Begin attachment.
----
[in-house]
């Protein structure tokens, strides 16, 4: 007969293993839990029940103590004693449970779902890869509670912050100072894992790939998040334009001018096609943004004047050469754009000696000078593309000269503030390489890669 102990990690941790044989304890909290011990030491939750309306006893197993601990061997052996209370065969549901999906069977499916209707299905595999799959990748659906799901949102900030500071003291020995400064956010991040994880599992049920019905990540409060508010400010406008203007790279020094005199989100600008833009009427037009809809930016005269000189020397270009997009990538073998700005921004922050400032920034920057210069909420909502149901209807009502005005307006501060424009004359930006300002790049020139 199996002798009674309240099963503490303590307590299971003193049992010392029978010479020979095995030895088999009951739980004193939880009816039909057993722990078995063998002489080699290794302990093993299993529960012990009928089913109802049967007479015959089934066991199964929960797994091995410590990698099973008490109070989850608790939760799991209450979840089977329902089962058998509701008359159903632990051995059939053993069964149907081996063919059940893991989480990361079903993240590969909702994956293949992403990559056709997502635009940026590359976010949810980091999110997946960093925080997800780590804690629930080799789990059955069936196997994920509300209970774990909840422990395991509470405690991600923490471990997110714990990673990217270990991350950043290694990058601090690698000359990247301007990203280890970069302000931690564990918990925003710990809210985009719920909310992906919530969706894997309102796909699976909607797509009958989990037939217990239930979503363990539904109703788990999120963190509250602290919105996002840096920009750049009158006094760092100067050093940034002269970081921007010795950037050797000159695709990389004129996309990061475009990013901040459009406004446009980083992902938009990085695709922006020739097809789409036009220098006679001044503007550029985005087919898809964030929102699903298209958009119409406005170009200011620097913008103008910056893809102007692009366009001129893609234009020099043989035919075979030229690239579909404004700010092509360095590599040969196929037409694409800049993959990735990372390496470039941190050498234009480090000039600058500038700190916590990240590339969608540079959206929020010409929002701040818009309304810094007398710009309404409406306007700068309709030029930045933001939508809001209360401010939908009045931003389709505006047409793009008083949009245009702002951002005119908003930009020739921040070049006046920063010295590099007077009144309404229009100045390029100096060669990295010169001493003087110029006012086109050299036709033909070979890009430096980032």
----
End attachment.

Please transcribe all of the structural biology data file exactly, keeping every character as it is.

[in-house]
């Protein structure tokens, strides 16, 4: 007969293993839990029940103590004693449970779902890869509670912050100072894992790939998040334009001018096609943004004047050469754009000696000078593309000269503030390489890669 102990990690941790044989304890909290011990030491939750309306006893197993601990061997052996209370065969549901999906069977499916209707299905595999799959990748659906799901949102900030500071003291020995400064956010991040994880599992049920019905990540409060508010400010406008203007790279020094005199989100600008833009009427037009809809930016005269000189020397270009997009990538073998700005921004922050400032920034920057210069909420909502149901209807009502005005307006501060424009004359930006300002790049020139 199996002798009674309240099963503490303590307590299971003193049992010392029978010479020979095995030895088999009951739980004193939880009816039909057993722990078995063998002489080699290794302990093993299993529960012990009928089913109802049967007479015959089934066991199964929960797994091995410590990698099973008490109070989850608790939760799991209450979840089977329902089962058998509701008359159903632990051995059939053993069964149907081996063919059940893991989480990361079903993240590969909702994956293949992403990559056709997502635009940026590359976010949810980091999110997946960093925080997800780590804690629930080799789990059955069936196997994920509300209970774990909840422990395991509470405690991600923490471990997110714990990673990217270990991350950043290694990058601090690698000359990247301007990203280890970069302000931690564990918990925003710990809210985009719920909310992906919530969706894997309102796909699976909607797509009958989990037939217990239930979503363990539904109703788990999120963190509250602290919105996002840096920009750049009158006094760092100067050093940034002269970081921007010795950037050797000159695709990389004129996309990061475009990013901040459009406004446009980083992902938009990085695709922006020739097809789409036009220098006679001044503007550029985005087919898809964030929102699903298209958009119409406005170009200011620097913008103008910056893809102007692009366009001129893609234009020099043989035919075979030229690239579909404004700010092509360095590599040969196929037409694409800049993959990735990372390496470039941190050498234009480090000039600058500038700190916590990240590339969608540079959206929020010409929002701040818009309304810094007398710009309404409406306007700068309709030029930045933001939508809001209360401010939908009045931003389709505006047409793009008083949009245009702002951002005119908003930009020739921040070049006046920063010295590099007077009144309404229009100045390029100096060669990295010169001493003087110029006012086109050299036709033909070979890009430096980032």